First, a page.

How do antennas actually work?


We’ve all see those tall antennas on top of cop cars or on older cars. But i never understood how it worked or whats in them. Are they literally just a long flexible wire? Does the signal emit from the top or throughout the length of the wire?

In: 7

>Are they literally just a long flexible wire?

Yes, that’s literally it. If you have a smartphone with radio, you can notice that the radio works only with headphones plugged in, because it uses headphones (long flexible wire) as antenna.

In the case of your car (using your example) it’s only acting as a receiver. It literally catches/absorbs the electromagnetic waves being transmitted from radio towers. Inside your car it’s connected to your radio to let you hear what’s being sent on your selected frequency.

What weird me out (if it’s true) is 1 inch in front of my face, the radio signals for all the stations are just constantly there.

You’re actually spot on, a radio wave is just an electromagnetic wave on a specific frequency, which is created every time you run electricity through a wire (also a magnetic wave). All a transmitter does is turn sound/data into electricity,then into a wave, and all a receiver does is turn a wave into electricity that gets converted into sound or data. The frequency of the wave is inverse (opposite) to the length of the wave so it does use the entirety of the wire.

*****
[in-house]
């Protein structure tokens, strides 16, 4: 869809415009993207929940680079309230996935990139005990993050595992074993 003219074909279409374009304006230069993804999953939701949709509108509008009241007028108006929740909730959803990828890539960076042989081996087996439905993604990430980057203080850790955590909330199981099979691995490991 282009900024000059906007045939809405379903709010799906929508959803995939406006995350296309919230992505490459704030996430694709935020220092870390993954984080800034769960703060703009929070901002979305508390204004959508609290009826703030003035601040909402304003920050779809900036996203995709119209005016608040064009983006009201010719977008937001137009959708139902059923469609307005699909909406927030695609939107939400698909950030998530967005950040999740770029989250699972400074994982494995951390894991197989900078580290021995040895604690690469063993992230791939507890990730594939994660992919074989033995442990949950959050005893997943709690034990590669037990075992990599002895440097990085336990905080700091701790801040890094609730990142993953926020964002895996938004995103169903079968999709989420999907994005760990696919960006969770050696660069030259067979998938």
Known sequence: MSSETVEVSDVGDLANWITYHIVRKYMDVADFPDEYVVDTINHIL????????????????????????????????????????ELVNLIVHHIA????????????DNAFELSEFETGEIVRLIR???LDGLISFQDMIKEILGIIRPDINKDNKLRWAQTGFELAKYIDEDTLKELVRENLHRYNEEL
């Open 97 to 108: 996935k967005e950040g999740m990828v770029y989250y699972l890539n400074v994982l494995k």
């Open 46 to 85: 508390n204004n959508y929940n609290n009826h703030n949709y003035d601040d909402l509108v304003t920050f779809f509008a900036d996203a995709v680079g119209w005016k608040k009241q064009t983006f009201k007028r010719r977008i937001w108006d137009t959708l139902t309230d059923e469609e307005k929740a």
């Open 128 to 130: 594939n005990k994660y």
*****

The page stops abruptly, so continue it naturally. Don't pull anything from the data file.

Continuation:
The antenna is usually just a wire with a powerful amplifier attached at one end (but sometimes it’s a loop with electrical connections at both ends). The amplifier pushes waves of electrical current into the wire which slosh back and forth in the wire.

Moving electrical charges emit electric and magnetic fields. At any instant in time, there’s a pattern to the movement of charges in the antenna. Because of the pattern, when you sum up the fields emitted by all the charges in the whole antenna, the result is a wave that radiates away from the antenna.

There are a lot of interesting details. Like with a whip antenna, the signal is strong in directions perpendicular to the antenna but weak in the direction along the antenna, which is why the antenna is mounted vertically not horizontally. And there are antenna shapes with complicated sets of cross-arms in different lengths. Adding up the fields generated by the charges moving in all of those makes for a field that is very strong in one direction only.

And also it works the same way in reverse –. A radio wave passing an antenna forces electrical charges in the antenna to slosh back and forth. An electrical detector connected to one end will detect a signal that matches the signal that was used to make that radio wave.

So the signal is emitted by the whole antenna. But another detail is that you can design an antenna to take advantage of conductive materials nearby that aren’t part of the antenna. Like a car roof or the ground (there’s always enough water in dirt so that it’s conductive). The radio wave generated by the antenna causes electrical charges to slosh around in the car roof, and those moving charges emit fields that reinforce the signal.